25 October 1915

SUVLA - Lieutenant George Davidson, 89th Field Ambulance, RAMC, 29th Division - Many of the men were beginning to eye the weather conditions with increasing suspicion and no little concern. On the 24 October Lieutenant Davidson had commented on a forecast.

And so it was that on 24 October he wrote in his diary as follows.

"The above weather forecast was wonderfully accurate, the cold snap ran from the 19th to 24th. Yesterday opened rough, wet and cold, but later in the day the wind fell to an absolute calm and the temperature rose. Today is ideal, not a breath of wind, a few fleecy clouds, and delightfully warm. Geese are flying south in thousands. Where do they all come from? The lakes of Norway and Sweden, Finland and Northern Russia, or where? Their destination is no doubt that delectable country for the winter, Africa. Yesterday the A.D.M.S. thought I required a change and recommended me to go there also, but I refused absolutely. I prefer the hardships of Suvla and it may be the Balkans, to a life of ease and comfort in the hospitals of Alexandria. Had things not looked so bad here I might have accepted such an offer, but now that the outlook is as bad as could be, and the danger to ourselves gradually thickens, it is out of the question. Mackensen is said to be in Serbia and pushing south rapidly. He has an army of 216,000, while the Serbians can oppose them with only 80,000 or 90,000. French and British troops have been rushed north from Salonika, and we are in contact with the Bulgars, if not the Austro-Germans. All here expect to be ordered to the Balkans any day; at Suvla we are now being wasted, all we can do is to hold up the Turks which is not good enough."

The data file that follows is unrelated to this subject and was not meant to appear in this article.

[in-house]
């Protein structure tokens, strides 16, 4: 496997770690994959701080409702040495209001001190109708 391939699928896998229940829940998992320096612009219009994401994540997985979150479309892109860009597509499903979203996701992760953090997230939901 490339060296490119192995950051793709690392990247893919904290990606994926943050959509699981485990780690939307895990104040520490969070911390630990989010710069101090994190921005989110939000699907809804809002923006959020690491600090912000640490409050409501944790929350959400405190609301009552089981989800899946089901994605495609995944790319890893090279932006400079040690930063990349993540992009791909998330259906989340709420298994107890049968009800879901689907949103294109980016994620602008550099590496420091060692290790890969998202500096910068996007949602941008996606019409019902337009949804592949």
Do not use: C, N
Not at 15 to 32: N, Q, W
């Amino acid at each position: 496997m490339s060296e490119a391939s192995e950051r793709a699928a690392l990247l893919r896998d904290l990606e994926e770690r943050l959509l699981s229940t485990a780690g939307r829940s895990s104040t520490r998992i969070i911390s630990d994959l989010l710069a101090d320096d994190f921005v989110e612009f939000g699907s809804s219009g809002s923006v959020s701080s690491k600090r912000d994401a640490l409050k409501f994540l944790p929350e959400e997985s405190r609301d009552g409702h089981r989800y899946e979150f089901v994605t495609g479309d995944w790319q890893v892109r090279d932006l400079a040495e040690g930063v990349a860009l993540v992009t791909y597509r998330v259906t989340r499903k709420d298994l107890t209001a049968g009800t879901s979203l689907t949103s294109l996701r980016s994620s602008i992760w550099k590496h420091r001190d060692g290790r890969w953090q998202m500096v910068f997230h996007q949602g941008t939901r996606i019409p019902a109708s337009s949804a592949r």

G. Davidson, "The Incomparable 29th and the River Clyde" (Aberdeen: James Gordon Bisset, 1920), pp207-208.